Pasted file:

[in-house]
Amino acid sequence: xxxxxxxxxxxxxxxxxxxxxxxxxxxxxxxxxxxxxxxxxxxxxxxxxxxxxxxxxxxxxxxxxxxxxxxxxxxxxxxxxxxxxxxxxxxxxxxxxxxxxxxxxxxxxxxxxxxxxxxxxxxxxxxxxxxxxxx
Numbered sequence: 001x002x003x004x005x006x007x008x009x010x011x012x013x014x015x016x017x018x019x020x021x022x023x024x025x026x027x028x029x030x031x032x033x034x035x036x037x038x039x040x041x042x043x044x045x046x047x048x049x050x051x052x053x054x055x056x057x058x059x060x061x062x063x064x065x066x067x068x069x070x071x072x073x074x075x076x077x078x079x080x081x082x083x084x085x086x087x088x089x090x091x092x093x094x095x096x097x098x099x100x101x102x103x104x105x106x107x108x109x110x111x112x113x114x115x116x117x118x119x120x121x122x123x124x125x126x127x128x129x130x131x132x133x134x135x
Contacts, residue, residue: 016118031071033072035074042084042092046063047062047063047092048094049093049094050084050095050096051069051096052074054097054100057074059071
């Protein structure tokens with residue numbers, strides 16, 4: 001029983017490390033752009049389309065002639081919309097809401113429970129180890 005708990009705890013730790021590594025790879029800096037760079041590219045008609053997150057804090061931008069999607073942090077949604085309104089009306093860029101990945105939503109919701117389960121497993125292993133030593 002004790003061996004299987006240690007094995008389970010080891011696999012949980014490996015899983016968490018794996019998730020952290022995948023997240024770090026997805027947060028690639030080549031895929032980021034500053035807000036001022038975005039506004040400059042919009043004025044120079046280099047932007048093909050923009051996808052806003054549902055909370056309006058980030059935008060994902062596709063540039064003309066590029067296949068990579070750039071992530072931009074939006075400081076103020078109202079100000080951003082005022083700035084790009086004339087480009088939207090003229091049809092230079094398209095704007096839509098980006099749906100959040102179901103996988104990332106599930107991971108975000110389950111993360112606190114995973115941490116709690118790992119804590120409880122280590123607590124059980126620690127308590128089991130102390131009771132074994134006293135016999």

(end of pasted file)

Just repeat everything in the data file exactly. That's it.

[in-house]
Amino acid sequence: xxxxxxxxxxxxxxxxxxxxxxxxxxxxxxxxxxxxxxxxxxxxxxxxxxxxxxxxxxxxxxxxxxxxxxxxxxxxxxxxxxxxxxxxxxxxxxxxxxxxxxxxxxxxxxxxxxxxxxxxxxxxxxxxxxxxxxx
Numbered sequence: 001x002x003x004x005x006x007x008x009x010x011x012x013x014x015x016x017x018x019x020x021x022x023x024x025x026x027x028x029x030x031x032x033x034x035x036x037x038x039x040x041x042x043x044x045x046x047x048x049x050x051x052x053x054x055x056x057x058x059x060x061x062x063x064x065x066x067x068x069x070x071x072x073x074x075x076x077x078x079x080x081x082x083x084x085x086x087x088x089x090x091x092x093x094x095x096x097x098x099x100x101x102x103x104x105x106x107x108x109x110x111x112x113x114x115x116x117x118x119x120x121x122x123x124x125x126x127x128x129x130x131x132x133x134x135x
Contacts, residue, residue: 016118031071033072035074042084042092046063047062047063047092048094049093049094050084050095050096051069051096052074054097054100057074059071
């Protein structure tokens with residue numbers, strides 16, 4: 001029983017490390033752009049389309065002639081919309097809401113429970129180890 005708990009705890013730790021590594025790879029800096037760079041590219045008609053997150057804090061931008069999607073942090077949604085309104089009306093860029101990945105939503109919701117389960121497993125292993133030593 002004790003061996004299987006240690007094995008389970010080891011696999012949980014490996015899983016968490018794996019998730020952290022995948023997240024770090026997805027947060028690639030080549031895929032980021034500053035807000036001022038975005039506004040400059042919009043004025044120079046280099047932007048093909050923009051996808052806003054549902055909370056309006058980030059935008060994902062596709063540039064003309066590029067296949068990579070750039071992530072931009074939006075400081076103020078109202079100000080951003082005022083700035084790009086004339087480009088939207090003229091049809092230079094398209095704007096839509098980006099749906100959040102179901103996988104990332106599930107991971108975000110389950111993360112606190114995973115941490116709690118790992119804590120409880122280590123607590124059980126620690127308590128089991130102390131009771132074994134006293135016999």